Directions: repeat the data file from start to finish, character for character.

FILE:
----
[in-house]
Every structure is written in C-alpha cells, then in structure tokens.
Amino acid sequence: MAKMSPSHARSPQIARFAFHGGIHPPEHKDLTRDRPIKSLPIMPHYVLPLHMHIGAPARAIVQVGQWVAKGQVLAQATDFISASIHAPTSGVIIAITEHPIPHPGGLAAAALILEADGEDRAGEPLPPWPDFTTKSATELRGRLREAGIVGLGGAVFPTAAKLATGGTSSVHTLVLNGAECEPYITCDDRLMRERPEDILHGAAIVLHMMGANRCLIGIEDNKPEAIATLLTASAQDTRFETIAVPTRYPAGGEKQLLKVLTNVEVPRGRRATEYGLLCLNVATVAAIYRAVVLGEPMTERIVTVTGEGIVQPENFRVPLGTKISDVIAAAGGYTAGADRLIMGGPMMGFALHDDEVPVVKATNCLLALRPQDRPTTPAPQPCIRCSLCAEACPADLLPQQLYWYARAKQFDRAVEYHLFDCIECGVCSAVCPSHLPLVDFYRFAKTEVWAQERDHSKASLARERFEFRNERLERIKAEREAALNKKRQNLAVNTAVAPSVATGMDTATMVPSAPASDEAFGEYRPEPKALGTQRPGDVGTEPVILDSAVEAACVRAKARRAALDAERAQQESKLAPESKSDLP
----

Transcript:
[in-house]
Every structure is written in C-alpha cells, then in structure tokens.
Amino acid sequence: MAKMSPSHARSPQIARFAFHGGIHPPEHKDLTRDRPIKSLPIMPHYVLPLHMHIGAPARAIVQVGQWVAKGQVLAQATDFISASIHAPTSGVIIAITEHPIPHPGGLAAAALILEADGEDRAGEPLPPWPDFTTKSATELRGRLREAGIVGLGGAVFPTAAKLATGGTSSVHTLVLNGAECEPYITCDDRLMRERPEDILHGAAIVLHMMGANRCLIGIEDNKPEAIATLLTASAQDTRFETIAVPTRYPAGGEKQLLKVLTNVEVPRGRRATEYGLLCLNVATVAAIYRAVVLGEPMTERIVTVTGEGIVQPENFRVPLGTKISDVIAAAGGYTAGADRLIMGGPMMGFALHDDEVPVVKATNCLLALRPQDRPTTPAPQPCIRCSLCAEACPADLLPQQLYWYARAKQFDRAVEYHLFDCIECGVCSAVCPSHLPLVDFYRFAKTEVWAQERDHSKASLARERFEFRNERLERIKAEREAALNKKRQNLAVNTAVAPSVATGMDTATMVPSAPASDEAFGEYRPEPKALGTQRPGDVGTEPVILDSAVEAACVRAKARRAALDAERAQQESKLAPESKSDLP